Informations and abstract
Keywords: Constitutional Treaty, Intergovernmental Conference (IGC), EU treaties, EU negotiations, liberal intergovernmentalism, national interest.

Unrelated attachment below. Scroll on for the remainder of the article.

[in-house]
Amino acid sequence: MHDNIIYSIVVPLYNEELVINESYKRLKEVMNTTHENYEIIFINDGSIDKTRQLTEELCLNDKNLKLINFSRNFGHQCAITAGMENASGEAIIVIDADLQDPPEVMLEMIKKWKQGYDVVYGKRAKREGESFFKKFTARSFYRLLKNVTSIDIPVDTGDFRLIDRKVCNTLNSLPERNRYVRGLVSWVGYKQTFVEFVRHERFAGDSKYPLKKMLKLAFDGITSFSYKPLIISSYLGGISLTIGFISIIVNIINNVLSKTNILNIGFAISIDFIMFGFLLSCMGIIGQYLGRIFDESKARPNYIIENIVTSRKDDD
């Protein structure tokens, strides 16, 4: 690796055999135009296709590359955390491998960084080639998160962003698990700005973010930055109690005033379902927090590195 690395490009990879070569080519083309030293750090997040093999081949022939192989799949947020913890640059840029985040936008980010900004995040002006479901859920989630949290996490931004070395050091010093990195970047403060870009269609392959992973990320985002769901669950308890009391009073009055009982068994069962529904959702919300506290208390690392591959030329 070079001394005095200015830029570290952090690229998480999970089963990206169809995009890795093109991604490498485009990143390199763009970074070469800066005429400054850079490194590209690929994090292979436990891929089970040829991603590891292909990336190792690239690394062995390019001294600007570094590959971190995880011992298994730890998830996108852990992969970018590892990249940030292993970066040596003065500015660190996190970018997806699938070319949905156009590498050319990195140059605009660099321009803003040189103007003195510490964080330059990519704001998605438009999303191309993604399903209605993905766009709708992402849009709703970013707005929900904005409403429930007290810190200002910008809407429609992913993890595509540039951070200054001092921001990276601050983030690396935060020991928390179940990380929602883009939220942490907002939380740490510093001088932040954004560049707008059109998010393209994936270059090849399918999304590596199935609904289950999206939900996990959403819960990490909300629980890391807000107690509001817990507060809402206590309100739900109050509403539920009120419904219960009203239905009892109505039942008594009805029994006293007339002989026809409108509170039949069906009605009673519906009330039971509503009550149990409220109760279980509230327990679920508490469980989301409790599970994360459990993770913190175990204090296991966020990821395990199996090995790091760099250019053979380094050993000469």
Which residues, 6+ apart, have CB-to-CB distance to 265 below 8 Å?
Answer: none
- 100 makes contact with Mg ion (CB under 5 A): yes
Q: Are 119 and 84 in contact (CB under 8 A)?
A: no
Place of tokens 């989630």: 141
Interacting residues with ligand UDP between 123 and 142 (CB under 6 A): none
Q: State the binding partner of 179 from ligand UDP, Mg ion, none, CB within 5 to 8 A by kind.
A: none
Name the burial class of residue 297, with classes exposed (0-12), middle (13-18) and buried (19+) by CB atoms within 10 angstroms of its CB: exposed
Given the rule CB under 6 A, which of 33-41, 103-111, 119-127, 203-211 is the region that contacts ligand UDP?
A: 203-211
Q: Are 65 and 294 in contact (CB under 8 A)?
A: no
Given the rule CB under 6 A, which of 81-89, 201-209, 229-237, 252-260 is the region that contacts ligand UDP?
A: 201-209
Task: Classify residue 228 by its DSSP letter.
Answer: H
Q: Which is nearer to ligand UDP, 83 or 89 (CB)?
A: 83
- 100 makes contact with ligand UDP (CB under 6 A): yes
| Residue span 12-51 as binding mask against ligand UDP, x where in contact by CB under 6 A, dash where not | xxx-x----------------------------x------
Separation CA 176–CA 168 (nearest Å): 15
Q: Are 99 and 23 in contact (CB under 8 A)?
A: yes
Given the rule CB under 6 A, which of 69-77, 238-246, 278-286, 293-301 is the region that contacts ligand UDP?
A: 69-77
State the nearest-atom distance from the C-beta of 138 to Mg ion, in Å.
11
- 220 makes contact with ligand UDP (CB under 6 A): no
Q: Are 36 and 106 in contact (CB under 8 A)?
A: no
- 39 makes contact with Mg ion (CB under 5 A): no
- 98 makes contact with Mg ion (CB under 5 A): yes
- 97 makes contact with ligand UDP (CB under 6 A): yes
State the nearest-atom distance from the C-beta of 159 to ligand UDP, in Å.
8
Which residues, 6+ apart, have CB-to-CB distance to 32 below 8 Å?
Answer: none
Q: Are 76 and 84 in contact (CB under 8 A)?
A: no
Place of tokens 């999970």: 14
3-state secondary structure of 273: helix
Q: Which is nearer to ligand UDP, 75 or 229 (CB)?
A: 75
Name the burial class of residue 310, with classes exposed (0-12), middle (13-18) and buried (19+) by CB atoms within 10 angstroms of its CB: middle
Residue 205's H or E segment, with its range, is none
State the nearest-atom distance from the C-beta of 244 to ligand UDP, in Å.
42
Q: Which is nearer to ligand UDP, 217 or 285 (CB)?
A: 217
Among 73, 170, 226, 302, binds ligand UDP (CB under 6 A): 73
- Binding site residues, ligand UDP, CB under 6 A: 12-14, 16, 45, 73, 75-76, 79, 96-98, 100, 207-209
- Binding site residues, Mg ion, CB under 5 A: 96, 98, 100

This article evaluates the explanatory power of liberal intergovernmentalism applied to the empirical record of the negotiations of the Constitutional Treaty during the 2003-4 Intergovernmental Conference. Empirically, this research focuses on the four largest states - Germany, France, Britain and Italy - and on two core parts of the Treaty, namely, the institutional framework of the EU and the Common Security and Defence Policy. It is argued that the theory under review provides a useful theoretical point of departure to analyse constitutional bargaining within the formal setting of the IGC, although its rationalist account of national preference formation, as currently formulated, is inadequate to fully explain how such preferences were defined. Once formulated, these preferences were negotiated by national governments largely according to instrumental rationality, and the final outcome reflected the dynamics of the negotiations and the distribution of preferences and resources.